In his prayers for us in Ephesians 3, Paul piles up terms designed to intensify the impact of his intercessions. For example, he speaks of “the breadth and length and height and depth” of the love of Christ (verse 18), whereas we all know there are only three dimensions in ordinary space. Another example is more transparent in meaning, “Now to him who is able to do immeasurably more than all we ask or imagine, according to his power that is at work within us,” (Ephesians chapter 3 verse 20).
The Greek word hyperekperissou, translated here as “immeasurable” (NIV), is unusual, for in front of the normal word for “abundant” (perisso), it contains a double prefix (hyper and ek). This has the effect of magnifying the meaning to, “infinitely more than”. In other words, the power of Christ in us cannot be compared to anything else. Whilst a different word (hyper-ballo) is used in Ephesians chapter 1 verse 19, “the immeasurable greatness of his power toward us who believe”, the same accent of revelation through prayer of the incomparable vastness of divine power for Christians is in mind. This sharply contradicts the very ordinary and measurable spirituality of contemporary Australian spirituality. Why this contradiction?
One answer is that we are obsessed with measuring ourselves against others. The apostle Paul however refuses to judge himself in any way (1 Corinthians chapter 4 verse 3). More than this, he roundly labels as unintelligent those who do such things, “when they measure themselves by one another and compare themselves with one another, they are without understanding”(2 Corinthians chapter 10 verse 12).We are never informed by the apostle, for example, of how big are the churches he planted. Why then do current Christian leaders seem compelled to tell us how big their church is, or how many countries they’ve preached in? If they seem to have to “big note” themselves, it must be because they have not been humbled by the scale of Christ. In another place Paul makes a more compelling point.
“From now on, therefore, we regard no one according to the flesh. Even though we once regarded Christ according to the flesh, we regard him thus no longer.” (2 Corinthians chapter verse 16). Whereas once he regarded Jesus as just an ordinary human, subject to the constraints of birth and death, the conversion revelation to S/Paul on the Damascus road was of a person who had conquered the sting of death and ascended into the eternal glory of God (John chapter 17 verse 5). It is as God-and-human that Christ now “upholds the universe by the word of his power” (Hebrews chapter 1 verse 3). If Jesus upholds the universe by his power, and there is nothing we can imagine vaster than the cosmos, Christ is even vaster than this. The most amazing thing is where this vastness now lives.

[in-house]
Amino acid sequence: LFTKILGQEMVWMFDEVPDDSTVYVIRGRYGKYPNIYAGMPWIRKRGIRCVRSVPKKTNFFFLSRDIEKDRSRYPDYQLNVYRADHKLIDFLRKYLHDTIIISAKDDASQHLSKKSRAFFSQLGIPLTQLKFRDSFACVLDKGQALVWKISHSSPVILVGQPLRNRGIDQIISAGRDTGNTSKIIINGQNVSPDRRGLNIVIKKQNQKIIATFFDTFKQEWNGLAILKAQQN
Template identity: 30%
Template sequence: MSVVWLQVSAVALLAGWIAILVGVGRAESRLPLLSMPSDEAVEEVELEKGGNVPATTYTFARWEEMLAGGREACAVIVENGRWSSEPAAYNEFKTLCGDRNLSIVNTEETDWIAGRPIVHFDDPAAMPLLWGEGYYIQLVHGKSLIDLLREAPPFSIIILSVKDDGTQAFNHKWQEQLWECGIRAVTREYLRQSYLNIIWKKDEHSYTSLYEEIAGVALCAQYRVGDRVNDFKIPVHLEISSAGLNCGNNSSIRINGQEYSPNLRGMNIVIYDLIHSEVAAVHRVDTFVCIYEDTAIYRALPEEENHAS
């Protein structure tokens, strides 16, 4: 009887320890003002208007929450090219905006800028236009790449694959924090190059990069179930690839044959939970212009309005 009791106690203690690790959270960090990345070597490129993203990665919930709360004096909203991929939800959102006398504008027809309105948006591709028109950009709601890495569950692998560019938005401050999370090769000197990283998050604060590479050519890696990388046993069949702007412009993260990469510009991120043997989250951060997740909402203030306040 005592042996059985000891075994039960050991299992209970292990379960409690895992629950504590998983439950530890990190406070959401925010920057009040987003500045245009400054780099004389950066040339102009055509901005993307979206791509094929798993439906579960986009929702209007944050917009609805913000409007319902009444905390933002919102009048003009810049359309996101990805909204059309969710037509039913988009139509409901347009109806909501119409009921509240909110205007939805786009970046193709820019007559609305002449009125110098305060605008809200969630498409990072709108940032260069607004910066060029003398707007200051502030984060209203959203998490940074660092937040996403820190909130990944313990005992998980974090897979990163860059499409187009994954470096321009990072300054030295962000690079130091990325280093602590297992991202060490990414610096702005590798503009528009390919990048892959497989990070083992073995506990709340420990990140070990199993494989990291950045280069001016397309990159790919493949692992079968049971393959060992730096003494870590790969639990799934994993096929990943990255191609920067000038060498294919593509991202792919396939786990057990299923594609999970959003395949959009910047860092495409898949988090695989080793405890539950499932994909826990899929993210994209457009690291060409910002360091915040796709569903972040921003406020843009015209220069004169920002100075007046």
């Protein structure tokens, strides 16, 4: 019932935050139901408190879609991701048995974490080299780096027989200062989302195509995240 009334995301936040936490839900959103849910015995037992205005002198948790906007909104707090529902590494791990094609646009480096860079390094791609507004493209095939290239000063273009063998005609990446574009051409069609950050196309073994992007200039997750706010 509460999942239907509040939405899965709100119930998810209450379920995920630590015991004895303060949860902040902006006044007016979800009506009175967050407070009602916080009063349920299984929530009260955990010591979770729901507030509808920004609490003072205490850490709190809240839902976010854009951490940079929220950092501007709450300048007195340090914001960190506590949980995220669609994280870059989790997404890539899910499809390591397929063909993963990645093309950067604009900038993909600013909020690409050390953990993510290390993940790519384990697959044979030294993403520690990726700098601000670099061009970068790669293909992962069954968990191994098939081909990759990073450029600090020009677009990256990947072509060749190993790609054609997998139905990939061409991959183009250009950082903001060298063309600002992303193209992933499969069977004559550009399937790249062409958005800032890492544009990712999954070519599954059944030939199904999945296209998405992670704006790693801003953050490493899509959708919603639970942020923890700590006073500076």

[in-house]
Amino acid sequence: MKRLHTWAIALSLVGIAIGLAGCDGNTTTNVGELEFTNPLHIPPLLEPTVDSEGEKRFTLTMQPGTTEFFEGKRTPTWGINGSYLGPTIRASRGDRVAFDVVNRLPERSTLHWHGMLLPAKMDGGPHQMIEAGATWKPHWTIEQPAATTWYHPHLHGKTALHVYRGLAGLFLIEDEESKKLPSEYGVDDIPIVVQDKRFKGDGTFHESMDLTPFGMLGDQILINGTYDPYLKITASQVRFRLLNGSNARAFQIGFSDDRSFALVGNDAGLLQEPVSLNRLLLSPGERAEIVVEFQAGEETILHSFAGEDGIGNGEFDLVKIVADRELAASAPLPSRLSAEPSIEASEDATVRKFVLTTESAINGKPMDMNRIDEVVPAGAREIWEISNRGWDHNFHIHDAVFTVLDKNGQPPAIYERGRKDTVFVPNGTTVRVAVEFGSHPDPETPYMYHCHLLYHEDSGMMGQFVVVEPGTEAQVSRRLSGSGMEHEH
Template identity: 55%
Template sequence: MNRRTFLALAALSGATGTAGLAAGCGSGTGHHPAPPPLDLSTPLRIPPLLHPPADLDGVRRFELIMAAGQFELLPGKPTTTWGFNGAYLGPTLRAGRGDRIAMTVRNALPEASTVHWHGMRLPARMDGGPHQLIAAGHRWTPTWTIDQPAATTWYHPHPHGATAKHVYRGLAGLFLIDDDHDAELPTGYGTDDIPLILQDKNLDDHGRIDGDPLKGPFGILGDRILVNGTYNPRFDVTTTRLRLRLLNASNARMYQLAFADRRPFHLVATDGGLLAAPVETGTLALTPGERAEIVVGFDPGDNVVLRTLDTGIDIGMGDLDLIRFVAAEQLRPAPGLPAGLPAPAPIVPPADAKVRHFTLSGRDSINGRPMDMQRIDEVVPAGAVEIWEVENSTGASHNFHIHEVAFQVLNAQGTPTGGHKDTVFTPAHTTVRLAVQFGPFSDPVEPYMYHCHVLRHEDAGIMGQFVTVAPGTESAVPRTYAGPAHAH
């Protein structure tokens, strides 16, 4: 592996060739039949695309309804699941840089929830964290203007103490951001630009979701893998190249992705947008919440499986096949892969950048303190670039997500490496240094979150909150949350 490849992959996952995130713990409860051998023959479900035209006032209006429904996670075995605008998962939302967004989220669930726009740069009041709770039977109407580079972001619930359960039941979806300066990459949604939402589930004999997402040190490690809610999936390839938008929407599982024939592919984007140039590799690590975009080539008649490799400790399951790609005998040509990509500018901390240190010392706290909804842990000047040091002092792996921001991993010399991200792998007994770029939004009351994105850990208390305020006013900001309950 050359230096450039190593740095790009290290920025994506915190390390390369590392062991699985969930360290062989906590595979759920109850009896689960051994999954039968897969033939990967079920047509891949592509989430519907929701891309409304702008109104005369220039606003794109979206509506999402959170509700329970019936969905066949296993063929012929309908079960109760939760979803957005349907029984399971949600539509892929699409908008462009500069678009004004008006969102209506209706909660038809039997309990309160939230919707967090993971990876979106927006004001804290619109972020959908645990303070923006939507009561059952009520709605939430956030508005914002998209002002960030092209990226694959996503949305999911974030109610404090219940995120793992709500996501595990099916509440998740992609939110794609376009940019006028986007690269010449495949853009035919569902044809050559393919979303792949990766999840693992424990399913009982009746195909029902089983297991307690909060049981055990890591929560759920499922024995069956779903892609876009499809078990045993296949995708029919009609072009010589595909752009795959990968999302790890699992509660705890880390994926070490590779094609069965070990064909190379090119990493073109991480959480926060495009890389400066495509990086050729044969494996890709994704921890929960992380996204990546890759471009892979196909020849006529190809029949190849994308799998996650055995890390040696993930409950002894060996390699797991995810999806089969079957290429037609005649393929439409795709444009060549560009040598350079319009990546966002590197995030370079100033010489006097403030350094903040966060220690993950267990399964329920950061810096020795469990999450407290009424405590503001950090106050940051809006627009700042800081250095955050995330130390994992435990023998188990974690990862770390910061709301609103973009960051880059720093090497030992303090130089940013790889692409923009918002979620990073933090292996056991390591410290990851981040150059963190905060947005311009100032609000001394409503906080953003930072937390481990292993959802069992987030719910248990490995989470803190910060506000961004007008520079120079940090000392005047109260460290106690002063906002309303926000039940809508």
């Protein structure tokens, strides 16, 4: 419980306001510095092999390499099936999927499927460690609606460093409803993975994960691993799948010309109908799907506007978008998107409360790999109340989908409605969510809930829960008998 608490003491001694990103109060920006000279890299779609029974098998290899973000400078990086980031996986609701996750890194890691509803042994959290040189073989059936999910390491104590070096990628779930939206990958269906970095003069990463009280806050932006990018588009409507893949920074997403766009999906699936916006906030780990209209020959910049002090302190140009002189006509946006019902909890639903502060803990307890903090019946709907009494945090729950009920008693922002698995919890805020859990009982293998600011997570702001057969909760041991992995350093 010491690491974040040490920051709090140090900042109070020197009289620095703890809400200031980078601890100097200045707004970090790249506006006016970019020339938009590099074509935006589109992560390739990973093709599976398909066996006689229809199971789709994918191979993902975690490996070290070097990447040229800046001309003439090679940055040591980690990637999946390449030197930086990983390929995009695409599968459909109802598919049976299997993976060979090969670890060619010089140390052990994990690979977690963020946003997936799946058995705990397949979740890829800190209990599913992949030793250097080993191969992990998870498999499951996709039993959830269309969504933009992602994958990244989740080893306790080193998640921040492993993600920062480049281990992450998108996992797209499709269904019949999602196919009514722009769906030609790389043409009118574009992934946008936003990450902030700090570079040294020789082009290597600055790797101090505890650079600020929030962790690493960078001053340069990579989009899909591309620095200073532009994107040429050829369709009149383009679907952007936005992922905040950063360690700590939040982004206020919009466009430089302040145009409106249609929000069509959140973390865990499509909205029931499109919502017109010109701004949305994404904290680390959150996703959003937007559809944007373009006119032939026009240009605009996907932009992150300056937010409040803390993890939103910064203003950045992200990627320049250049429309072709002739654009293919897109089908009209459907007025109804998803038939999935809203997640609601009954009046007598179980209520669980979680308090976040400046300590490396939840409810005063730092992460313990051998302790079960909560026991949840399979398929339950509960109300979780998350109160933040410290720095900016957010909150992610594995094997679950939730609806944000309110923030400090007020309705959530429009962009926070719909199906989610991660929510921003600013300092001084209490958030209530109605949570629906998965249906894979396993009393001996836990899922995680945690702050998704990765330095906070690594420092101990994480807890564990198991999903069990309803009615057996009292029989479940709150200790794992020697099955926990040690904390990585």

Immensity in You
Paul teaches that the Church is growing into, “the measure of the stature of the fullness of Christ” (Ephesians chapter 4 verse 13) and speaks of “Christ in you the hope of glory” (Colossians chapter 1 verse 27). In other words, the Person dwelling in the Church, and the individual Christian, is greater in power, majesty and glory than the sum total of everything that has been created. Through the indwelling Christ in us there is nothing of the greatness of God, Father, Son and Spirit, which is not present already in our lives.
Following his own conversion epiphany of the post-resurrection nature of Jesus, Paul’s prayers expect that Christian people can have a real sense of the unimaginable greatness of Jesus in and for us. The problem with most of Western Christianity today is that we are looking at people or things, including ourselves, which are vastly smaller than Christ. Two remedies spring to mind. Firstly, memorise Paul’s prayer in Ephesians 3 and pray it in faith daily. Secondly, meditate in the Spirit on who Jesus is, especially the dimensions of his death, resurrection and ascension which translated him far beyond the limits of ordinary humanity. This is an expansion which he will throughout eternity share with us; starting now!
The Rev. Dr John Yates is an Anglican minister in Perth and has 5 children and 7 grandchildren. He spends time in praying, mentoring and writing.John Yates’s previous articles may be viewed athttp://www.pressserviceinternational.org/john-yates.html